French Bay, named after Nels LaFreniere's logging camp, presented us with a beautiful vista: churning blue water, fleecy clouds, and a sun preparing to set. We did not find the legendary pile of logs that were cut six inches too short sixty years ago and left to rot; perhaps they were to the south. We walked to the next bay to the north instead, past the remains of a deer scavenged by predators, and found drag marks in the sand that we mistakenly thought were made by a coyote and its prey. After we reached the far point and were coming back, an immense beaver bounded from the brush, half ran, half waddled into the surf, and swam out in an arc. Once he'd figured out who we were, he dove down and disappeared, until he surfaced again another fifty feet out. Then we realized that he had been dragging brush over a small ridge to a pond; when we took a look, we found a dozen wild rose bushes.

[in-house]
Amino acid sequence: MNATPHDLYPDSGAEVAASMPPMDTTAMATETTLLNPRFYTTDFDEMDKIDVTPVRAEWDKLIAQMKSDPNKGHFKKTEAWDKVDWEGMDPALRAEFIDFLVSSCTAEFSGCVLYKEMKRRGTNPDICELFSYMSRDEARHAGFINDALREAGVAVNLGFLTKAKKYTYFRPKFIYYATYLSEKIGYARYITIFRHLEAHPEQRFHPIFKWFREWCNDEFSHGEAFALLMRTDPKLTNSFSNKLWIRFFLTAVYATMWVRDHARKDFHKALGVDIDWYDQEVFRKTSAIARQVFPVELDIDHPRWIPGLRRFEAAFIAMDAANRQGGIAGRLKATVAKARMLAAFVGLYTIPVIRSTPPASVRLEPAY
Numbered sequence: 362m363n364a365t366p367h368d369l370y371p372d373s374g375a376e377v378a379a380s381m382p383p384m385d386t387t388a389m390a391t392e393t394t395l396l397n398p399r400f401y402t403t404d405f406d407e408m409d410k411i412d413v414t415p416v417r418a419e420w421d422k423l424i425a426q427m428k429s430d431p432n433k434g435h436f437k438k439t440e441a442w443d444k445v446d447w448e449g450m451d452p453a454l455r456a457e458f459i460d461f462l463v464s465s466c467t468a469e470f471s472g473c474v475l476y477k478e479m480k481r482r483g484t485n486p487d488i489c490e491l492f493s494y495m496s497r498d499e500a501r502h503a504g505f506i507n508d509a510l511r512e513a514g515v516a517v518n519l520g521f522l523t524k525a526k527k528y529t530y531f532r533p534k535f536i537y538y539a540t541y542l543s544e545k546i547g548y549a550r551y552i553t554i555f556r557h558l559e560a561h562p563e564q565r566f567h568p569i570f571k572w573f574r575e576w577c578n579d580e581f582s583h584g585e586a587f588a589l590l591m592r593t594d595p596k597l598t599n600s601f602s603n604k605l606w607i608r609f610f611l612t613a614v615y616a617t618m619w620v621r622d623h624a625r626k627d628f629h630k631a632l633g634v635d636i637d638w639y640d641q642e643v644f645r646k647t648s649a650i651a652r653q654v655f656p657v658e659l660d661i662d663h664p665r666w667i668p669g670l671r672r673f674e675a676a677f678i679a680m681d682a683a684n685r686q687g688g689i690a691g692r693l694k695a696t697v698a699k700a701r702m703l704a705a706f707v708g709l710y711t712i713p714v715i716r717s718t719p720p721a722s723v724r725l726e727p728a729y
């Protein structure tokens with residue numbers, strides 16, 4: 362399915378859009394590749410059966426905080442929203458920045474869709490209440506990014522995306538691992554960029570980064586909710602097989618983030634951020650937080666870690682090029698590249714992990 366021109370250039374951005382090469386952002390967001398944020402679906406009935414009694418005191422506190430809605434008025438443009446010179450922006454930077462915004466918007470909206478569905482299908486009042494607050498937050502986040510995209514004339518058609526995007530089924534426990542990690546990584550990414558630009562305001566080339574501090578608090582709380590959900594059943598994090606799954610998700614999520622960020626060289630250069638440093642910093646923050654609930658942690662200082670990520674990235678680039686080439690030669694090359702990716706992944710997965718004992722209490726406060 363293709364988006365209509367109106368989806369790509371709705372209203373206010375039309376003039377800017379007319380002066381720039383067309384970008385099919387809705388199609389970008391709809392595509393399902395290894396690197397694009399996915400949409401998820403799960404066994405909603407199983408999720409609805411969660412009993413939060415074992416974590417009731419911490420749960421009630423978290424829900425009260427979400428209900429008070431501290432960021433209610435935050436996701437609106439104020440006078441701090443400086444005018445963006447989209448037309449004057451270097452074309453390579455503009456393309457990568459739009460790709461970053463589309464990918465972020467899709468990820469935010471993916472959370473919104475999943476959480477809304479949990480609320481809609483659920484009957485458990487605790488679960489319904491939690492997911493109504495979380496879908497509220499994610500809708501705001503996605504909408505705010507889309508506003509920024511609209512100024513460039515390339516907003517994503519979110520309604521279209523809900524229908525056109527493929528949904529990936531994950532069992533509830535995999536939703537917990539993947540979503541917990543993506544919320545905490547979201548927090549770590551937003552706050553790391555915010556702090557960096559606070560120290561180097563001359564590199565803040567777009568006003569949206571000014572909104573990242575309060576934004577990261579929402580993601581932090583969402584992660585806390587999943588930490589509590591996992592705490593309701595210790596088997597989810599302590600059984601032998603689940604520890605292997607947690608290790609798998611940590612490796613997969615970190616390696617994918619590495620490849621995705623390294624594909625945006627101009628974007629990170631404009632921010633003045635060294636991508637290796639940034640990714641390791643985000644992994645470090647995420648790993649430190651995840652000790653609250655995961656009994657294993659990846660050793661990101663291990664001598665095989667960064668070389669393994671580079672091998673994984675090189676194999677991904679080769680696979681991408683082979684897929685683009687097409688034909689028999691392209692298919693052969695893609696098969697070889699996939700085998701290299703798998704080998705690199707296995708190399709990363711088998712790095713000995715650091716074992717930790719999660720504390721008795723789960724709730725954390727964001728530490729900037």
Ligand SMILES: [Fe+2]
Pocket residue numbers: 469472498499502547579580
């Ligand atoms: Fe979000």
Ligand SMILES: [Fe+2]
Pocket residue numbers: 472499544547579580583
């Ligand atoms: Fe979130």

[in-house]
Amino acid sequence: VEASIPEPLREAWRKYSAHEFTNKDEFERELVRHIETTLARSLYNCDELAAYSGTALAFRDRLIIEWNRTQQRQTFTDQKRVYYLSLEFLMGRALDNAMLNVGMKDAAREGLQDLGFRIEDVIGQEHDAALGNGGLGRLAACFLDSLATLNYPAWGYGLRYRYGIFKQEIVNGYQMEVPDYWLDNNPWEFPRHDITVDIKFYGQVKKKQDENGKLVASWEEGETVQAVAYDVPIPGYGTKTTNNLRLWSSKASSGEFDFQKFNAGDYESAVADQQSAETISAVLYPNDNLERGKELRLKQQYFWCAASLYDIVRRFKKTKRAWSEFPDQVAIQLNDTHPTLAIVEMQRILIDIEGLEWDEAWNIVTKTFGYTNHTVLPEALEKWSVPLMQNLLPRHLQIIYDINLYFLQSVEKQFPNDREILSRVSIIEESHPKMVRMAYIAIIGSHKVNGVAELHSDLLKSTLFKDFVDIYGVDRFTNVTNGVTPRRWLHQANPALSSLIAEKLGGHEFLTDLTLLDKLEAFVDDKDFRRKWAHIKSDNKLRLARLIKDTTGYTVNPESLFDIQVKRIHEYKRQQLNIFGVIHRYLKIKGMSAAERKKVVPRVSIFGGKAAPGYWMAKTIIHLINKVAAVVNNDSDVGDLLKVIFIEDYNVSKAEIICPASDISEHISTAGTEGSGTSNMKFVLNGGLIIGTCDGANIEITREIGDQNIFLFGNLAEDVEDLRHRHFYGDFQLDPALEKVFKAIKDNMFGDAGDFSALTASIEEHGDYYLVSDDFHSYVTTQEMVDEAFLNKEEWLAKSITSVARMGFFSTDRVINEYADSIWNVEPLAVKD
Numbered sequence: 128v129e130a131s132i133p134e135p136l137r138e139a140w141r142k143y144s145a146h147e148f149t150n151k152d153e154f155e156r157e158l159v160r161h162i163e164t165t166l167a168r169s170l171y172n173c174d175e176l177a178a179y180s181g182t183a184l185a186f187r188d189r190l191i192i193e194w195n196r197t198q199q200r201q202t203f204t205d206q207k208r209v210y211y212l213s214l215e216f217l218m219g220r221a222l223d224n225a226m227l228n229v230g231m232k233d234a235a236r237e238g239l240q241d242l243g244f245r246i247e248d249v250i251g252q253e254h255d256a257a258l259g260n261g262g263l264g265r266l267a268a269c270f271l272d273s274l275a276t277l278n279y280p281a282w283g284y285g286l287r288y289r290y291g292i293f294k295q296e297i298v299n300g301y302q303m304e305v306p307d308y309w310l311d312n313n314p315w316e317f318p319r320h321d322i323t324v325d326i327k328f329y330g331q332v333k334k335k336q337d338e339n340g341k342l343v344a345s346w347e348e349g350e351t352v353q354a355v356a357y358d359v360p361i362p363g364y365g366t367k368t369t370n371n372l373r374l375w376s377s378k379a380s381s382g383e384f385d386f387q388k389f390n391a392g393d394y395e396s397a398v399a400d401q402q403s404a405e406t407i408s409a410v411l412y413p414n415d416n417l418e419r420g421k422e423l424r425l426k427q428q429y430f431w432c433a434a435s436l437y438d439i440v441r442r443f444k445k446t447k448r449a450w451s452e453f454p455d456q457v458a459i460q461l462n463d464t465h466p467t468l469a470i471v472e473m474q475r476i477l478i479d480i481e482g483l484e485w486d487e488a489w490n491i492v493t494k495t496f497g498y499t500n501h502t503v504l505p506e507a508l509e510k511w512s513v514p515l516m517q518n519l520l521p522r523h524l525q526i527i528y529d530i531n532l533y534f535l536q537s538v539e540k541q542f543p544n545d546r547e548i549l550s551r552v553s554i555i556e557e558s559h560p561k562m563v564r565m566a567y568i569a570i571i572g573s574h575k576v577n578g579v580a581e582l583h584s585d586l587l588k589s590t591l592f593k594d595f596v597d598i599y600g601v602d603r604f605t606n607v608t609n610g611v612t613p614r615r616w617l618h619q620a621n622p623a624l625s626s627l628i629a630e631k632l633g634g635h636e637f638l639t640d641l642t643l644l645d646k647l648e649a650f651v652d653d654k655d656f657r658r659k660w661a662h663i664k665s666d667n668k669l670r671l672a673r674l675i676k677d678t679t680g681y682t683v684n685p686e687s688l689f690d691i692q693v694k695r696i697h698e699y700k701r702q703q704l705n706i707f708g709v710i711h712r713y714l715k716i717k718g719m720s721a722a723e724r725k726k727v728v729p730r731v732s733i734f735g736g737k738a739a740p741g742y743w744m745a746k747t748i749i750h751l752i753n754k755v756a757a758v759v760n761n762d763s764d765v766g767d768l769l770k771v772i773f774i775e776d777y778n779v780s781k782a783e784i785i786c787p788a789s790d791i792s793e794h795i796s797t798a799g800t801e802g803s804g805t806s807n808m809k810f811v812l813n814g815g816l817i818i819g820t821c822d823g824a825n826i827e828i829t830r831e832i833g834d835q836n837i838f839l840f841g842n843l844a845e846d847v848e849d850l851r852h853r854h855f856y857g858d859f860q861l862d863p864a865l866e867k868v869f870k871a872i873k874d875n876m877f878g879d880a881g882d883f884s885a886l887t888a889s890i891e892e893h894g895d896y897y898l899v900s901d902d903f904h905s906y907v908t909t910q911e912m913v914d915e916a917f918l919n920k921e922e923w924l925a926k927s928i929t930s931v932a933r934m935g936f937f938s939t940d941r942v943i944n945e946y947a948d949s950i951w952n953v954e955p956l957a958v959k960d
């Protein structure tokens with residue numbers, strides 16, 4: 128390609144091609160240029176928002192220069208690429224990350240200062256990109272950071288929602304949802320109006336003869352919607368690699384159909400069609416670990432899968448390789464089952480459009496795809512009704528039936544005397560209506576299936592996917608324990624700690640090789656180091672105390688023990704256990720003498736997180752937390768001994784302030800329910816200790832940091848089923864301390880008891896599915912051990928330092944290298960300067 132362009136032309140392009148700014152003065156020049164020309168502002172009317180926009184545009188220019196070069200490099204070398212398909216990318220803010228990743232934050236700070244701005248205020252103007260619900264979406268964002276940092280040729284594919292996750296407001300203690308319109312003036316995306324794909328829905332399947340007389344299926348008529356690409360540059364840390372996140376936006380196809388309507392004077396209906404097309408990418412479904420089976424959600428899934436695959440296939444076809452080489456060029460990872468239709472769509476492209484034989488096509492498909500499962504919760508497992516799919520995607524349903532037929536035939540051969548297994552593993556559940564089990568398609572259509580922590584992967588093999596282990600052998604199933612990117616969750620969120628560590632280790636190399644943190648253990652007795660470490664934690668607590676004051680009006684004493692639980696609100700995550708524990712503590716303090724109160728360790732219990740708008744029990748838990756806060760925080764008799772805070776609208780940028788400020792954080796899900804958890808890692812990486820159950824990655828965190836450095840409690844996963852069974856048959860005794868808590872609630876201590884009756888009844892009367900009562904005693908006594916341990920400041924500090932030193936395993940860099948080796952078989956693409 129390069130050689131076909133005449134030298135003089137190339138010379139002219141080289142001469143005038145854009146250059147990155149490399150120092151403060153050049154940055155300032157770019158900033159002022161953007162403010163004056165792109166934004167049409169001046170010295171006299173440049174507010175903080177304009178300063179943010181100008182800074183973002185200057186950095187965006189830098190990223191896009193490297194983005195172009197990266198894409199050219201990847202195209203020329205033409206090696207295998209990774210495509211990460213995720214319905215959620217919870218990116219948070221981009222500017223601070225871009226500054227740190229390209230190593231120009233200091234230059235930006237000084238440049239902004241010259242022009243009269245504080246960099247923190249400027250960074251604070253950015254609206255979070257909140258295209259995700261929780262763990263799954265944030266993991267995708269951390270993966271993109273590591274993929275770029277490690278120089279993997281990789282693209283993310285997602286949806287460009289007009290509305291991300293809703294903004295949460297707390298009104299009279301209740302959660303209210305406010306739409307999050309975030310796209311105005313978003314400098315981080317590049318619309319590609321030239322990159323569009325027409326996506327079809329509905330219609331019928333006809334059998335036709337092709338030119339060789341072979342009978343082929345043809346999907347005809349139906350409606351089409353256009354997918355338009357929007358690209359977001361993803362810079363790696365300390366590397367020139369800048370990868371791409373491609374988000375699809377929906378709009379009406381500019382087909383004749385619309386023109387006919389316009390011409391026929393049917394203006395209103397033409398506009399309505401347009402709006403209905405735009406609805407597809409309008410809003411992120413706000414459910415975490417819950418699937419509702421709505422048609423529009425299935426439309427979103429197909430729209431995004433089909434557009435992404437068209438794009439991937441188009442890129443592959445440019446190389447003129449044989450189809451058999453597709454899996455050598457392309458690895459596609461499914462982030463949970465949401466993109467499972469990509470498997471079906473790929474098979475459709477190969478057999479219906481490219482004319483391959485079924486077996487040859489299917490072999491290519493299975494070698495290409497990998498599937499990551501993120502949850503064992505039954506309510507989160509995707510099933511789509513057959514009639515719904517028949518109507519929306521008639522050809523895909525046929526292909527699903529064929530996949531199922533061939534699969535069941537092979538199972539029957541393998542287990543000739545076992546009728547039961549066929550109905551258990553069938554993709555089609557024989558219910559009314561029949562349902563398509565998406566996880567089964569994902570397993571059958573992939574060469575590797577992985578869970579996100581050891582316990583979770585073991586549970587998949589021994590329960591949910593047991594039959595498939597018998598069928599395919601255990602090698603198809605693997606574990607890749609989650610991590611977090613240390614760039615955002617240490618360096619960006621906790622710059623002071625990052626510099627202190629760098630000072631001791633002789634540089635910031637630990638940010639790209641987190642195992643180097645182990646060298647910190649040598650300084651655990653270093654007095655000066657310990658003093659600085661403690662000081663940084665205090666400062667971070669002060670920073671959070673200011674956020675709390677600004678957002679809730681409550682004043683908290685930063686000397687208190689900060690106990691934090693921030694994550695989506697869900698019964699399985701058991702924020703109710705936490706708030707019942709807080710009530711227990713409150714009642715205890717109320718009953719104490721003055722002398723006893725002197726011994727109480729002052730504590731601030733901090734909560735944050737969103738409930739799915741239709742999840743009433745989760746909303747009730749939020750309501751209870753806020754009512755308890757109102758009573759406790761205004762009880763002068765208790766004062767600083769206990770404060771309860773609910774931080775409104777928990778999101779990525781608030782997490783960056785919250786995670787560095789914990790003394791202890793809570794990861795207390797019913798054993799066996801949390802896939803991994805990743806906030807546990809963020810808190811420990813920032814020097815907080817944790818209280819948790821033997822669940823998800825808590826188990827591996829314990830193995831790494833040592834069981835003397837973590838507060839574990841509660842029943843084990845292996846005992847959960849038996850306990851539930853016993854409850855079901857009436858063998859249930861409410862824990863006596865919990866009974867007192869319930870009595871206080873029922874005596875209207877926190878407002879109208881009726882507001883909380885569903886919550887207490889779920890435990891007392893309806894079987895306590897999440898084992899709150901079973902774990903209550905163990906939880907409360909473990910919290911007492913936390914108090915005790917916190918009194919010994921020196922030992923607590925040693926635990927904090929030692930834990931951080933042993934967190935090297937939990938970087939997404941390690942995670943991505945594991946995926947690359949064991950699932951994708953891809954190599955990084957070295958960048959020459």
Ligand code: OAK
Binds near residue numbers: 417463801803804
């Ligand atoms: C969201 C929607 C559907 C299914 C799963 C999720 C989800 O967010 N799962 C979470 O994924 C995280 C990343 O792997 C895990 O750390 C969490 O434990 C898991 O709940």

After watching the sun sink into the lake north of Gull Island, we found the trail back and slowly made it to our car in the dark.